Fidelity Fed. S. & L. v. De la Cuesta, 458 U.S. 141 (1982)
U.S. Supreme CourtFidelity Fed. S. & L. v. De la Cuesta, 458 U.S. 141 (1982)
Fidelity Federal Savings & Loan Association v. De la Cuesta
Argued April 28, 1982
Decided June 28, 1982
458 U.S. 141
Section 5(a) of the Home Owners' Loan Act of 1933 (HOLA) empowers the Federal Home Loan Bank Board (Board), under such regulations as it may prescribe, to provide for the organization, operation, and regulation of federal savings and loan associations. Pursuant to this authorization, the Board issued a regulation providing that a federal savings and loan association "continues to have the power to include . . . in its loan instrument" a "due-on-sale" clause, i.e., a provision that permits the association to declare the entire balance of the loan immediately due and payable if the property securing the loan is sold or otherwise transferred without the association's prior written consent. A preamble to the regulation stated that the due-on-sale practices of federal savings and loan associations shall be governed "exclusively by Federal law," and that the association "shall not be bound by or subject to any conflicting State law which imposes different . . . due-on-sale requirements." Appellees each purchased California real property from one who had borrowed money from appellant Fidelity Federal Savings and Loan Association (Fidelity). The borrowers had given Fidelity deeds of trust on the property; each deed contained a due-on-sale clause. Fidelity, not having received prior notice of the purchases, proceeded to enforce the due-on-sale clauses to accelerate payment of the loans, and when they were not paid, instituted nonjudicial foreclosure proceedings. Each appellee then filed suit against Fidelity in California Superior Court, asserting that Fidelity's exercise of the due-on-sale clauses violated the principles announced in Wellenkamp v. Bank of America, 21 Cal. 3d 943, 582 P.2d 970, which limited a lender's right to exercise such a clause to cases where the lender can demonstrate that the transfer of the property has impaired its security. The Superior Court consolidated the actions and granted Fidelity's motion for summary judgment on the ground that the Federal Government had totally occupied the regulation of federal savings and loan associations. The California Court of Appeal reversed, holding that Wellenkamp was controlling, and that federal law had not expressly or impliedly preempted state due-on-sale law.
Held: The Board's due-on-sale regulation preempts conflicting state limitations on the due-on-sale practices of federal savings and loan associations,
and thus bars application of the Wellenkamp rule to such associations. Pp. 458 U. S. 152-170.
(a) The general principles governing preemption of state law that conflicts with federal law are not inapplicable here simply because real property is a matter of special concern to the States. And federal regulations have no less preemptive effect than federal statutes. Where Congress has empowered an administrator to promulgate regulations, regulations intended to preempt state law have that effect unless the administrator exceeded his statutory authority or acted arbitrarily. Pp. 458 U. S. 152-154.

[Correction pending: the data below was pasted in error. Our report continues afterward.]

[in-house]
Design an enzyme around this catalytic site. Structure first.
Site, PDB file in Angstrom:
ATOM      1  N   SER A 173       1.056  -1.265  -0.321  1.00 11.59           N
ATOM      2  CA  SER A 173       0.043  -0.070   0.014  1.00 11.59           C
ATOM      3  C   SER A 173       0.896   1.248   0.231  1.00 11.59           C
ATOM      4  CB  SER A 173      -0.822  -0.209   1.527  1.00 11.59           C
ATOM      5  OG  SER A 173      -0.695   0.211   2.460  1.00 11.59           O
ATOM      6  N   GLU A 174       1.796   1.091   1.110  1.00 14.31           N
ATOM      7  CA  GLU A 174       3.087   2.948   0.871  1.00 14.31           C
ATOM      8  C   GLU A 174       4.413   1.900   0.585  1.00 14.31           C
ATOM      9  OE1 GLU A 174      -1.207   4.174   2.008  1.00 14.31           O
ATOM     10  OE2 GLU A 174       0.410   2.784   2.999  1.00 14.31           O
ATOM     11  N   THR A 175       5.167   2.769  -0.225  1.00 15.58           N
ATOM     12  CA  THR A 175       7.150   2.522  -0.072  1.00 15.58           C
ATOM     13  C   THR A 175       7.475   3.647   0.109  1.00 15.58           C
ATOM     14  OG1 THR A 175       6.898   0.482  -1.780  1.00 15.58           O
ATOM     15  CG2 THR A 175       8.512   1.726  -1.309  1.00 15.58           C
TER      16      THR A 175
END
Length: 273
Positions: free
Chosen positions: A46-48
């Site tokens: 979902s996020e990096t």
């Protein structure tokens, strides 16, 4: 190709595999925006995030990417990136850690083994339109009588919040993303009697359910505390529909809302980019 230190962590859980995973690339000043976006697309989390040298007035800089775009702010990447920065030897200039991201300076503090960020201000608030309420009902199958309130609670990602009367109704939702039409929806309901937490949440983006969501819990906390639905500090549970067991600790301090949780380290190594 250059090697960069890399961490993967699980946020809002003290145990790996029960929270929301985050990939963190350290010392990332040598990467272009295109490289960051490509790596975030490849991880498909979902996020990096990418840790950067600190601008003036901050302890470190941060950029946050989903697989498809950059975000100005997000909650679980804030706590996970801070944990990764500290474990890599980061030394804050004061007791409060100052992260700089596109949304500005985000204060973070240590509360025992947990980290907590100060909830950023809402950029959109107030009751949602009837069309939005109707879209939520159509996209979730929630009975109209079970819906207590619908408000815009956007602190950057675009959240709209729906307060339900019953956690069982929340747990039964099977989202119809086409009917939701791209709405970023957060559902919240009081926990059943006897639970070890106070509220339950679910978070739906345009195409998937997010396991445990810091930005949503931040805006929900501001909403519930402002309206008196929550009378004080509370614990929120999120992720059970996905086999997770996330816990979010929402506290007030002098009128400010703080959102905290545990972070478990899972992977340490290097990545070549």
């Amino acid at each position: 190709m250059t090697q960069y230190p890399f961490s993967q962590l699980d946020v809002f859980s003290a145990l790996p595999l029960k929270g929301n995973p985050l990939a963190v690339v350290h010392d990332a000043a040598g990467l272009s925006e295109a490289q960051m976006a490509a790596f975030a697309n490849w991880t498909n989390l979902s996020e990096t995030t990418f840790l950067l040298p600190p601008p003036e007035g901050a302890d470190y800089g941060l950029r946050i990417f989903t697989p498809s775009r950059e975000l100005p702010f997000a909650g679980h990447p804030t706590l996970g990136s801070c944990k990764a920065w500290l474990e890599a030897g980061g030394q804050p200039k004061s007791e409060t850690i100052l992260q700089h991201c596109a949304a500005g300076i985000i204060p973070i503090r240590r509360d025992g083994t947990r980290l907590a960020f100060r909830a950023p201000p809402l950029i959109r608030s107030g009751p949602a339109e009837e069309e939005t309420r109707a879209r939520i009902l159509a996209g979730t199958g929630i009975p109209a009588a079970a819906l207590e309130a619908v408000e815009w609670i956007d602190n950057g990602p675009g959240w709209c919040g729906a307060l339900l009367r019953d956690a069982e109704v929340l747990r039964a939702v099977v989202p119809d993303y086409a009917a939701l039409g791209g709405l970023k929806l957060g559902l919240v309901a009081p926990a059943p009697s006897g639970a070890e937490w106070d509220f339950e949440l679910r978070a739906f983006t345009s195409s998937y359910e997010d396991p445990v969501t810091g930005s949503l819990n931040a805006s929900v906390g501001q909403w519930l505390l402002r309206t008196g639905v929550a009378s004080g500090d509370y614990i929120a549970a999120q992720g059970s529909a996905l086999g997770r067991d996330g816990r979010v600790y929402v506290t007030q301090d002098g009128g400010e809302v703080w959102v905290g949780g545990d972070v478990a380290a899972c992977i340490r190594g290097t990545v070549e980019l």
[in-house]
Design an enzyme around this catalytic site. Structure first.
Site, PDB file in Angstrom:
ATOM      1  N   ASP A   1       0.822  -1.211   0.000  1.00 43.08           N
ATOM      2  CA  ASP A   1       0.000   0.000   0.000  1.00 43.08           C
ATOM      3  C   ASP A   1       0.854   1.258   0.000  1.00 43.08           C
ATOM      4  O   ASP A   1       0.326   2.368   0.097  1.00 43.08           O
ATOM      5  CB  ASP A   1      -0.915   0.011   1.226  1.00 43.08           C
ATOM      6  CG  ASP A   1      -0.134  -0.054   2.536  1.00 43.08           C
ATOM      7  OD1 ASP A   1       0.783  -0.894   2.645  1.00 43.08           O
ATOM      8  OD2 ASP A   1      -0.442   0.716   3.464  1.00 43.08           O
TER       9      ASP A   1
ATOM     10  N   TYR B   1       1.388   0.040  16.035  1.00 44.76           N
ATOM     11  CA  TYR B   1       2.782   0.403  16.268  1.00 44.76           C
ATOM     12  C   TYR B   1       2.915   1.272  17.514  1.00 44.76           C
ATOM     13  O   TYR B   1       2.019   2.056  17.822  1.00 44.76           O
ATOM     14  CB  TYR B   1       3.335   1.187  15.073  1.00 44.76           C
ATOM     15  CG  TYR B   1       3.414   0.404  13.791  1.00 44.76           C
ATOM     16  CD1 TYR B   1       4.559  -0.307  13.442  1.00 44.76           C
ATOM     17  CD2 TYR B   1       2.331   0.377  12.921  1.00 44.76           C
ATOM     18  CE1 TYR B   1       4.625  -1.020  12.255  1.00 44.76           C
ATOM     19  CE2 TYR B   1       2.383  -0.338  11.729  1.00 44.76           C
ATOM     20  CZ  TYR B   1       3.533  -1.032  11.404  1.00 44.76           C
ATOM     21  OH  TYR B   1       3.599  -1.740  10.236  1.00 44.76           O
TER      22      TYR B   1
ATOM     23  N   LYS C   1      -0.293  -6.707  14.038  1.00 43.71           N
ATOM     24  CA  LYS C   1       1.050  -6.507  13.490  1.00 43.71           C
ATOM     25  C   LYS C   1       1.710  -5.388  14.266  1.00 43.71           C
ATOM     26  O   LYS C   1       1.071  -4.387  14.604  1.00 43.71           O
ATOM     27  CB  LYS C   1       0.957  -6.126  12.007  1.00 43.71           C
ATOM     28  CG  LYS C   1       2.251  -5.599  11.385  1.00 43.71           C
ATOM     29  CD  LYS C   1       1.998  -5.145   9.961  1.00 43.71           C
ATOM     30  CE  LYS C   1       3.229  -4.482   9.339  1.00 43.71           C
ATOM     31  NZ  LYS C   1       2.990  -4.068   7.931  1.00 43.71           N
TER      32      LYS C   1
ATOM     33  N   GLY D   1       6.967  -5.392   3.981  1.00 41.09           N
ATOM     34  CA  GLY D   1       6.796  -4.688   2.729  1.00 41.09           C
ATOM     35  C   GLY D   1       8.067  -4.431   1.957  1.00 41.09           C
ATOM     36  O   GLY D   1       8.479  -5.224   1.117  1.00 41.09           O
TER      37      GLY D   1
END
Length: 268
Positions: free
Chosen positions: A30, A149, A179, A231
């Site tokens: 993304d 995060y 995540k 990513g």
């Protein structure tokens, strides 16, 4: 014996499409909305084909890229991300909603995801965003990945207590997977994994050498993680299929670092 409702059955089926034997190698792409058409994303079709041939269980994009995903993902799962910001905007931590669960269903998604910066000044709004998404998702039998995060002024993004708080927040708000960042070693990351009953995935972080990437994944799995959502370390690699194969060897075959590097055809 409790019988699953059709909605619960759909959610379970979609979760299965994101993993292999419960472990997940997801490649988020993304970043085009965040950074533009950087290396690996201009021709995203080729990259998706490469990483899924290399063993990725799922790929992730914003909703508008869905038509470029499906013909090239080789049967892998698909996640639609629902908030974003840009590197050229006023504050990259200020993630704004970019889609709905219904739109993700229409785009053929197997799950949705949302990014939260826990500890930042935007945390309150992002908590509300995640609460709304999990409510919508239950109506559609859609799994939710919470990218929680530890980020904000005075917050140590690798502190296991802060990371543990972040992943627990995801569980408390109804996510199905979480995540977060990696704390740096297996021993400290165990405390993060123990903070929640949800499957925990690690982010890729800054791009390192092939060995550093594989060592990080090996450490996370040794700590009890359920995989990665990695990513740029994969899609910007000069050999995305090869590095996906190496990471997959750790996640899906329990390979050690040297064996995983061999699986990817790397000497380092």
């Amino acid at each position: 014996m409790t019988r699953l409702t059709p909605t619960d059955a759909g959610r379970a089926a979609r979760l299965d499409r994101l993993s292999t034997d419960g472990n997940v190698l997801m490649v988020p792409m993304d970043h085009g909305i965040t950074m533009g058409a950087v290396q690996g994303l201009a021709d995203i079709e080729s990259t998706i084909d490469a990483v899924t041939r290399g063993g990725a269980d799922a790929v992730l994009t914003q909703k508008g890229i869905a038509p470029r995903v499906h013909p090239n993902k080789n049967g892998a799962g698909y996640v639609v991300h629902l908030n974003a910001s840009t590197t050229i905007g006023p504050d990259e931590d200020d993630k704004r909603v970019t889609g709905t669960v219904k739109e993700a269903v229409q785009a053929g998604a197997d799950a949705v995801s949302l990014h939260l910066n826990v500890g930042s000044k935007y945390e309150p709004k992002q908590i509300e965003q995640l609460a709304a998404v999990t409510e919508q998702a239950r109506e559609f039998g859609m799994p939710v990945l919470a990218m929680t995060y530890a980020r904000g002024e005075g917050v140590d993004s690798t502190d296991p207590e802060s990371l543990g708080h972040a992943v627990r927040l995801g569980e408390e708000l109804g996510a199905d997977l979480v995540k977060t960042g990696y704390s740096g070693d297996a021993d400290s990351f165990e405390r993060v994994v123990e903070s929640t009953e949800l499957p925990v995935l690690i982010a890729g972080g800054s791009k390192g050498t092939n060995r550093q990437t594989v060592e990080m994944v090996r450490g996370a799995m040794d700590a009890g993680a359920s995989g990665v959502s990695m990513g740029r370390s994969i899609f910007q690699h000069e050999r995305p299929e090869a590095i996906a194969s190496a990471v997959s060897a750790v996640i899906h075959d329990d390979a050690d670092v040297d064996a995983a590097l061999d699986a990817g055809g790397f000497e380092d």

(b) The language of the Board's regulation, and especially the preamble thereto, clearly show the Board's intent to preempt the Wellenkamp doctrine. The conflict between that doctrine and the regulation does not evaporate because the regulation simply permits, but does not compel, federal savings and loan associations to include a due-on-sale clause in their contracts and to enforce that clause when the security property is transferred. While compliance with both the regulation and the Wellenkamp rule may not be a physical impossibility, that rule forbids a federal savings and loan association to enforce a due-on-sale clause at its option, and deprives the association of the flexibility given it by the Board. The rule therefore creates an obstacle to the accomplishment of the regulation's purpose. Pp. 458 U. S. 154-159.
(c) The Board acted within its statutory authority in issuing the preemptive due-on-sale regulation. Both the language and legislative history of the HOLA indicate that the Board was authorized to regulate the lending practices of federal savings and loan associations. Congress delegated power to the Board expressly for the purpose of creating and regulating these associations so as to ensure that they would remain financially sound and able to supply financing for home construction and purchase. Consistent with that purpose, the Board reasonably exercised its authority in promulgating the due-on-sale regulation. Pp. 458 U. S. 159-170.
BLACKMUN, J., delivered the opinion of the Court, in which BURGER, C.J., and BRENNAN, WHITE, MARSHALL, and O'CONNOR, JJ., joined. O'CONNOR, J., filed a concurring opinion, post, p. 458 U. S. 171. REHNQUIST, J., filed a dissenting opinion, in which STEVENS, J., joined, post, p. 458 U.S. 172. POWELL, J., took no part in the consideration or decision of the case.